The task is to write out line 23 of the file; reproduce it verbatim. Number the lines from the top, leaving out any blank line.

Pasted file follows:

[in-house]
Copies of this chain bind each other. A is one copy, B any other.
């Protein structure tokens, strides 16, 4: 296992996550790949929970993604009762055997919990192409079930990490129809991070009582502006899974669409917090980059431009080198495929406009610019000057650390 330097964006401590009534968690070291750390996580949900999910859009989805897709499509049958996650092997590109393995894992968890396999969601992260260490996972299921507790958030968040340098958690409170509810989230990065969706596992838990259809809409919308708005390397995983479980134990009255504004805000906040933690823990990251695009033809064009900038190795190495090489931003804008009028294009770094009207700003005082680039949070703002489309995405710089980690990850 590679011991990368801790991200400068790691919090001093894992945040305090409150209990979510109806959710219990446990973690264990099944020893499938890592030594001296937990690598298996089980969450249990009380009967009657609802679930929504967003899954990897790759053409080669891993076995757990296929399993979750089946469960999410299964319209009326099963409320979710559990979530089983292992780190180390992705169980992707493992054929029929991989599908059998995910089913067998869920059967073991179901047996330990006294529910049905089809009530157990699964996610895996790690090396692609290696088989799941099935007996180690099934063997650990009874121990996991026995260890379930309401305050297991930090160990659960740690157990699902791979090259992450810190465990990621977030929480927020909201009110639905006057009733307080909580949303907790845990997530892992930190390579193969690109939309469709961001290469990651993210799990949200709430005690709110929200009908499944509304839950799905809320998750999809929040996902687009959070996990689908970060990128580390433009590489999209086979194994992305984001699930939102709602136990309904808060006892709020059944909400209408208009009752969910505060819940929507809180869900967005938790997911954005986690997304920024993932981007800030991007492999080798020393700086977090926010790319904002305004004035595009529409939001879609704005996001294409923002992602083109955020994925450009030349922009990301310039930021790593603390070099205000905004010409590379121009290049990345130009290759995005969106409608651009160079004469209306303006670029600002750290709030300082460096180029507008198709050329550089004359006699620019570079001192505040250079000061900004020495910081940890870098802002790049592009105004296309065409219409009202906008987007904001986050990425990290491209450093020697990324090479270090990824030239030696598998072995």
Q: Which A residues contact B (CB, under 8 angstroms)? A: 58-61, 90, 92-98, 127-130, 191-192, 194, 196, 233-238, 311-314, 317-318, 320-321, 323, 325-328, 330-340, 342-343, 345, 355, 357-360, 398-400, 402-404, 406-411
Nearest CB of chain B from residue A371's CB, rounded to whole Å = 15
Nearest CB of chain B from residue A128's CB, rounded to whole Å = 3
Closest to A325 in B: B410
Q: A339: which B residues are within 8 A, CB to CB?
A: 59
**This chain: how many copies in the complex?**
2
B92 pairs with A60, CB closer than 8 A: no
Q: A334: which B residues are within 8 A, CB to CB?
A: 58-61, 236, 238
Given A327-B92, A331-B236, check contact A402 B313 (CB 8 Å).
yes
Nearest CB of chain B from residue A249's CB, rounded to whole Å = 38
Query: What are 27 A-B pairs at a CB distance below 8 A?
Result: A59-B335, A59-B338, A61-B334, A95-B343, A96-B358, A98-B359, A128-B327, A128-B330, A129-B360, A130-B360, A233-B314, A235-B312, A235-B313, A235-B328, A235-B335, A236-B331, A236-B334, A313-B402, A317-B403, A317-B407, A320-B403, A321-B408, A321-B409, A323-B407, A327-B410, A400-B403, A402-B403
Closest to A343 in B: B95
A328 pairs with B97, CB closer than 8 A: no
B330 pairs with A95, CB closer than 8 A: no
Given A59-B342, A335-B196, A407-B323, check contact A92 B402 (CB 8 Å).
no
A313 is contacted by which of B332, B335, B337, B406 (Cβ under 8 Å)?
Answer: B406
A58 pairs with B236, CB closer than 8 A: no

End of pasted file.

Given A59-B342, A335-B196, A407-B323, check contact A92 B402 (CB 8 Å).